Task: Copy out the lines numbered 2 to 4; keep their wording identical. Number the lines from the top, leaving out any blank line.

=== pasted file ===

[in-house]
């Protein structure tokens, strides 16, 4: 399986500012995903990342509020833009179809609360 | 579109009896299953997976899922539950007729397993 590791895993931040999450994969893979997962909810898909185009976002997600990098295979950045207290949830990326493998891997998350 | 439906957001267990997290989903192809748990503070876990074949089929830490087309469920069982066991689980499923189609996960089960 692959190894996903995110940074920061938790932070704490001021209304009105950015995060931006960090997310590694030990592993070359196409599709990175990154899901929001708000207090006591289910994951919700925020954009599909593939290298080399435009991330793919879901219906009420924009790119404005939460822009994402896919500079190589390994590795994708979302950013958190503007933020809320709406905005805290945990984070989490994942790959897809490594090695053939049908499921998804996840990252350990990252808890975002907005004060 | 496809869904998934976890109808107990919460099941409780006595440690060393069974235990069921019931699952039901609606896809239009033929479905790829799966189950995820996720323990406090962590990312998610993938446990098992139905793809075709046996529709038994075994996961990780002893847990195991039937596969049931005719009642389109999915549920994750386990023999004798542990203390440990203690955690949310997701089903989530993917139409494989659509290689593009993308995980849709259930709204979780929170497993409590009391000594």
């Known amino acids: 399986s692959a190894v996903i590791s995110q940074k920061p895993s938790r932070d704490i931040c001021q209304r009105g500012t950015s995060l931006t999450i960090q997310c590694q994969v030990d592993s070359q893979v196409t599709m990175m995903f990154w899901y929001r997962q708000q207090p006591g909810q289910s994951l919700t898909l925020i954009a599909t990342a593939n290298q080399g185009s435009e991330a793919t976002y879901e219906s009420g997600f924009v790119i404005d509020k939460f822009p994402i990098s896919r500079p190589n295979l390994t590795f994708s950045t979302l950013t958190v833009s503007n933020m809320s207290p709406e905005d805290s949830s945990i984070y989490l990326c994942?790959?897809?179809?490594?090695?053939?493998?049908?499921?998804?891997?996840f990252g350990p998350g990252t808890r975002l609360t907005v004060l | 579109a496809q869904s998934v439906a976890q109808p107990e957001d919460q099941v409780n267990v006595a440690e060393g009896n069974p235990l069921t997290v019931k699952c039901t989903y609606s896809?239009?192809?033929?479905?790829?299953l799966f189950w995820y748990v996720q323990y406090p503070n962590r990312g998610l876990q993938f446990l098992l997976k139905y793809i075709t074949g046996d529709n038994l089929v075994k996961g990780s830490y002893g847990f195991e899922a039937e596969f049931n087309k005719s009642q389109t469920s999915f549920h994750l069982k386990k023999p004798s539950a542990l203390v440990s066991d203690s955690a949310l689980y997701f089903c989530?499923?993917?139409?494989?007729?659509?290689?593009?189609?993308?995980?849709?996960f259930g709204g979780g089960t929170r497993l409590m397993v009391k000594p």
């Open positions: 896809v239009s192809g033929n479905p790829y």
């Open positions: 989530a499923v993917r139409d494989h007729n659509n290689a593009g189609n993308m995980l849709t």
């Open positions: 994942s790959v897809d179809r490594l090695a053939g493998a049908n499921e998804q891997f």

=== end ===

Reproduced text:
């Protein structure tokens, strides 16, 4: 399986500012995903990342509020833009179809609360 | 579109009896299953997976899922539950007729397993 590791895993931040999450994969893979997962909810898909185009976002997600990098295979950045207290949830990326493998891997998350 | 439906957001267990997290989903192809748990503070876990074949089929830490087309469920069982066991689980499923189609996960089960 692959190894996903995110940074920061938790932070704490001021209304009105950015995060931006960090997310590694030990592993070359196409599709990175990154899901929001708000207090006591289910994951919700925020954009599909593939290298080399435009991330793919879901219906009420924009790119404005939460822009994402896919500079190589390994590795994708979302950013958190503007933020809320709406905005805290945990984070989490994942790959897809490594090695053939049908499921998804996840990252350990990252808890975002907005004060 | 496809869904998934976890109808107990919460099941409780006595440690060393069974235990069921019931699952039901609606896809239009033929479905790829799966189950995820996720323990406090962590990312998610993938446990098992139905793809075709046996529709038994075994996961990780002893847990195991039937596969049931005719009642389109999915549920994750386990023999004798542990203390440990203690955690949310997701089903989530993917139409494989659509290689593009993308995980849709259930709204979780929170497993409590009391000594």
């Known amino acids: 399986s692959a190894v996903i590791s995110q940074k920061p895993s938790r932070d704490i931040c001021q209304r009105g500012t950015s995060l931006t999450i960090q997310c590694q994969v030990d592993s070359q893979v196409t599709m990175m995903f990154w899901y929001r997962q708000q207090p006591g909810q289910s994951l919700t898909l925020i954009a599909t990342a593939n290298q080399g185009s435009e991330a793919t976002y879901e219906s009420g997600f924009v790119i404005d509020k939460f822009p994402i990098s896919r500079p190589n295979l390994t590795f994708s950045t979302l950013t958190v833009s503007n933020m809320s207290p709406e905005d805290s949830s945990i984070y989490l990326c994942?790959?897809?179809?490594?090695?053939?493998?049908?499921?998804?891997?996840f990252g350990p998350g990252t808890r975002l609360t907005v004060l | 579109a496809q869904s998934v439906a976890q109808p107990e957001d919460q099941v409780n267990v006595a440690e060393g009896n069974p235990l069921t997290v019931k699952c039901t989903y609606s896809?239009?192809?033929?479905?790829?299953l799966f189950w995820y748990v996720q323990y406090p503070n962590r990312g998610l876990q993938f446990l098992l997976k139905y793809i075709t074949g046996d529709n038994l089929v075994k996961g990780s830490y002893g847990f195991e899922a039937e596969f049931n087309k005719s009642q389109t469920s999915f549920h994750l069982k386990k023999p004798s539950a542990l203390v440990s066991d203690s955690a949310l689980y997701f089903c989530?499923?993917?139409?494989?007729?659509?290689?593009?189609?993308?995980?849709?996960f259930g709204g979780g089960t929170r497993l409590m397993v009391k000594p």
């Open positions: 896809v239009s192809g033929n479905p790829y």